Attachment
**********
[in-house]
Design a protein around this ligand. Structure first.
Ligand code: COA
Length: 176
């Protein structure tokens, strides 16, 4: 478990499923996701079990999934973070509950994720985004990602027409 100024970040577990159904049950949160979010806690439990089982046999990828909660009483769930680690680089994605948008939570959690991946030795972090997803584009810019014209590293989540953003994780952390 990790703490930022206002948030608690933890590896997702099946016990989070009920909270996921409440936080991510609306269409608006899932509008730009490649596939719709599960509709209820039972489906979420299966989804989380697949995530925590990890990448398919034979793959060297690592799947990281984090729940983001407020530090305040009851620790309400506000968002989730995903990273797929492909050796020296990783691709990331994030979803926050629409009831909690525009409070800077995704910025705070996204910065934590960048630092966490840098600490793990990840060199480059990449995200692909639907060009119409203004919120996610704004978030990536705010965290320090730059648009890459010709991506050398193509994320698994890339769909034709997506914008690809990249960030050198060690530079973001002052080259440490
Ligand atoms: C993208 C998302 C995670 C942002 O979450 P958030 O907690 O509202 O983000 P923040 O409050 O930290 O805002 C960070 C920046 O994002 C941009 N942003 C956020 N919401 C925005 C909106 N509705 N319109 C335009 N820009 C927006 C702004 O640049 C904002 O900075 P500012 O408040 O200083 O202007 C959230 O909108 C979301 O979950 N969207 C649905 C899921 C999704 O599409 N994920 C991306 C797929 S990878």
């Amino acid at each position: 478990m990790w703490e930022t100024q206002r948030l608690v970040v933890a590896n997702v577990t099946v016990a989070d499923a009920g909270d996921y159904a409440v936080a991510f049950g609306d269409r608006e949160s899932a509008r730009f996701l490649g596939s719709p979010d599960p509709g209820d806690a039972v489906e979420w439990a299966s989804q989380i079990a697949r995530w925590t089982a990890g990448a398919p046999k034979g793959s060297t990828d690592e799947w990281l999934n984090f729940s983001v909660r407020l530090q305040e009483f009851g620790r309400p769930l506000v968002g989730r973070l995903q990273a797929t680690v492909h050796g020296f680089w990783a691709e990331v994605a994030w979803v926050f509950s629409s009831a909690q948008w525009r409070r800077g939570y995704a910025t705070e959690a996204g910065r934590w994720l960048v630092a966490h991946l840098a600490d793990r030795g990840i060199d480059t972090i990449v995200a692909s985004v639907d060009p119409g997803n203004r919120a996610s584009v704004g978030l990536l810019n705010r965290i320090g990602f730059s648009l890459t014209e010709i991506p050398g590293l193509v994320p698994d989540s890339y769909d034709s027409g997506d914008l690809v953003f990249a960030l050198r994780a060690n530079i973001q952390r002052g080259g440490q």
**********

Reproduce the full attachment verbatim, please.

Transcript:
[in-house]
Design a protein around this ligand. Structure first.
Ligand code: COA
Length: 176
């Protein structure tokens, strides 16, 4: 478990499923996701079990999934973070509950994720985004990602027409 100024970040577990159904049950949160979010806690439990089982046999990828909660009483769930680690680089994605948008939570959690991946030795972090997803584009810019014209590293989540953003994780952390 990790703490930022206002948030608690933890590896997702099946016990989070009920909270996921409440936080991510609306269409608006899932509008730009490649596939719709599960509709209820039972489906979420299966989804989380697949995530925590990890990448398919034979793959060297690592799947990281984090729940983001407020530090305040009851620790309400506000968002989730995903990273797929492909050796020296990783691709990331994030979803926050629409009831909690525009409070800077995704910025705070996204910065934590960048630092966490840098600490793990990840060199480059990449995200692909639907060009119409203004919120996610704004978030990536705010965290320090730059648009890459010709991506050398193509994320698994890339769909034709997506914008690809990249960030050198060690530079973001002052080259440490
Ligand atoms: C993208 C998302 C995670 C942002 O979450 P958030 O907690 O509202 O983000 P923040 O409050 O930290 O805002 C960070 C920046 O994002 C941009 N942003 C956020 N919401 C925005 C909106 N509705 N319109 C335009 N820009 C927006 C702004 O640049 C904002 O900075 P500012 O408040 O200083 O202007 C959230 O909108 C979301 O979950 N969207 C649905 C899921 C999704 O599409 N994920 C991306 C797929 S990878």
């Amino acid at each position: 478990m990790w703490e930022t100024q206002r948030l608690v970040v933890a590896n997702v577990t099946v016990a989070d499923a009920g909270d996921y159904a409440v936080a991510f049950g609306d269409r608006e949160s899932a509008r730009f996701l490649g596939s719709p979010d599960p509709g209820d806690a039972v489906e979420w439990a299966s989804q989380i079990a697949r995530w925590t089982a990890g990448a398919p046999k034979g793959s060297t990828d690592e799947w990281l999934n984090f729940s983001v909660r407020l530090q305040e009483f009851g620790r309400p769930l506000v968002g989730r973070l995903q990273a797929t680690v492909h050796g020296f680089w990783a691709e990331v994605a994030w979803v926050f509950s629409s009831a909690q948008w525009r409070r800077g939570y995704a910025t705070e959690a996204g910065r934590w994720l960048v630092a966490h991946l840098a600490d793990r030795g990840i060199d480059t972090i990449v995200a692909s985004v639907d060009p119409g997803n203004r919120a996610s584009v704004g978030l990536l810019n705010r965290i320090g990602f730059s648009l890459t014209e010709i991506p050398g590293l193509v994320p698994d989540s890339y769909d034709s027409g997506d914008l690809v953003f990249a960030l050198r994780a060690n530079i973001q952390r002052g080259g440490q």